Wool industry stalwarts truck on
They are the former shearers, woolclassers and rouseabouts who braved the heat, isolation and warm beer of the North West.
And more than 50 years on, they have still got a story to tell about an era known colloquially as “the truck days”.
Peter Letch was just a teenager from a sheep farm in Clackline when he packed up his life and went north to Fitzroy River in the Kimberley.
It was the start of a 54-year career in the wool industry, of which almost a decade was spent shearing across the Kimberley, Pilbara, Gascoyne and Murchison.
“We spent nine months travelling south, stopping in at various stations along the day,” he said.
“Riding the trucks was rough, dusty, hot, sometimes wet and cold.
“If it wasn’t any of those things, it meant you were bogged.”
Before cattle dominated WA pastoral stations, mobs of up to 100,000 sheep were commonplace on big properties throughout the Kimberley, Pilbara and Gascoyne. Each year, hundreds of men would board coastal steamers from Fremantle to start what would have been one of the toughest shearing runs in Australia.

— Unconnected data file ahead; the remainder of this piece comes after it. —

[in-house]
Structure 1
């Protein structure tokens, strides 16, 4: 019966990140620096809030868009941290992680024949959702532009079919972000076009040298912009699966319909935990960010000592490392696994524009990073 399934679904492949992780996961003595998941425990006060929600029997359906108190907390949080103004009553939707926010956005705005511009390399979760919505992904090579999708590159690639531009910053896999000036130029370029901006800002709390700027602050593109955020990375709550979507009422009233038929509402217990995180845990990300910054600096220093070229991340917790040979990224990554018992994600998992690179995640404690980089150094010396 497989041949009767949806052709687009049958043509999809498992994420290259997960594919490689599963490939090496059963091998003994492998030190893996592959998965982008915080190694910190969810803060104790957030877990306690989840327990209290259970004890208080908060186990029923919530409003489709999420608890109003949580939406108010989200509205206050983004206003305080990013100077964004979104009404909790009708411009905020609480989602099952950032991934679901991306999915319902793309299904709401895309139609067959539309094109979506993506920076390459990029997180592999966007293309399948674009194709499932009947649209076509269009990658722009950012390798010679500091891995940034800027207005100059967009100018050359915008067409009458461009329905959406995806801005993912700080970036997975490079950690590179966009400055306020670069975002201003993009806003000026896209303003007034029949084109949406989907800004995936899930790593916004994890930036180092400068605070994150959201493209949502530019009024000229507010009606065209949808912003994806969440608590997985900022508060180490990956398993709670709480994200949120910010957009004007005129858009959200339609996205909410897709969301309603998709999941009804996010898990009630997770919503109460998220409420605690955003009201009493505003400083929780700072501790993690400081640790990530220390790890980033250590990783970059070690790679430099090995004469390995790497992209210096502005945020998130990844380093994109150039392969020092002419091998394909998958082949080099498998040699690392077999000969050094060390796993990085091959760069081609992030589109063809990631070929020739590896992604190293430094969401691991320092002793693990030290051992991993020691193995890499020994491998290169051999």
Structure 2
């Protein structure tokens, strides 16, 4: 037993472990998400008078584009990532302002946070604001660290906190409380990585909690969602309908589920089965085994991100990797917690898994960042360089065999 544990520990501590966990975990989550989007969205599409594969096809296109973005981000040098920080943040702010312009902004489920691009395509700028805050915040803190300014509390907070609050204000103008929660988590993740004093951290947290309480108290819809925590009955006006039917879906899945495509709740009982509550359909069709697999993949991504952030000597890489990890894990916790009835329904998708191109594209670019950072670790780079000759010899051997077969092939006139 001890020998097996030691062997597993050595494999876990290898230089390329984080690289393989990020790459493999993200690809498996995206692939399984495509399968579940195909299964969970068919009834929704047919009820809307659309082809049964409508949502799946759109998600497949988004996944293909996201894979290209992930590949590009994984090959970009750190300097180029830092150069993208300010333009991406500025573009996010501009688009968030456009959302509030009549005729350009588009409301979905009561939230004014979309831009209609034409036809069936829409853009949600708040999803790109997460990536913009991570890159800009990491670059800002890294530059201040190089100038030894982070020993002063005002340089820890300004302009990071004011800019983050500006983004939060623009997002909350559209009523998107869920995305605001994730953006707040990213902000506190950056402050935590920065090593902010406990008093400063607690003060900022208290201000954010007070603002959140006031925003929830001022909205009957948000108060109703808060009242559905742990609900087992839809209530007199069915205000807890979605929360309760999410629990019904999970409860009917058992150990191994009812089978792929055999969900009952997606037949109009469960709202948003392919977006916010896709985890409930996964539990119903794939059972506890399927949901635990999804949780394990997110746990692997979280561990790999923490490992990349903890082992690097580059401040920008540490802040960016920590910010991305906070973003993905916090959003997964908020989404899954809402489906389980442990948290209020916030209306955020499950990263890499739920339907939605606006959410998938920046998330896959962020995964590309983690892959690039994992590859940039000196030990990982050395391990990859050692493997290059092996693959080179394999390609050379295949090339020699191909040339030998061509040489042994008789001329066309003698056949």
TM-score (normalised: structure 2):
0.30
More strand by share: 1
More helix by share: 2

Docking at Port Hedland, Broome and Derby between the 1920s and 1960s, the shearing teams would pile on to the back of trucks and travel from shed to shed.
For some, the runs would last up to eight months, while others would be away from home for years at a time.
Terry Wilkinson, 93, was one of 60 young men pulled out of the army and placed into a shearing team heading north in the early 1940s. He boarded a coal steamer from Fremantle and spent two years working in WA’s north.
“It was more or less like being in camp . . . it was real sticky heat, the bugs in the water nearly killed me,” he said. “I wouldn’t drink my water bag until after dinner.
“I drank sweet black tea and it would be a half an hour before I could pick up the comb again.”
Now, more than 30 years after the last sheep was dragged over the northern boards, a new film has been released to chronicle the history of shearing in the North West.
Shearers: The Truck Days was commissioned by the Shearers and Pastoral Workers Social Club.
It features interviews with former shearers and old photos and footage from the time. Copies are available at North West local government libraries and the Battye Library in Perth. The DVD can be bought through the SPWSC.
Former shearers Terry Wilkinson, John Moore, Peter Letch, Doug Kennedy, Darryl Grey, David Sears and Barry Mainwaring with an old circa 1950s Bedford truck.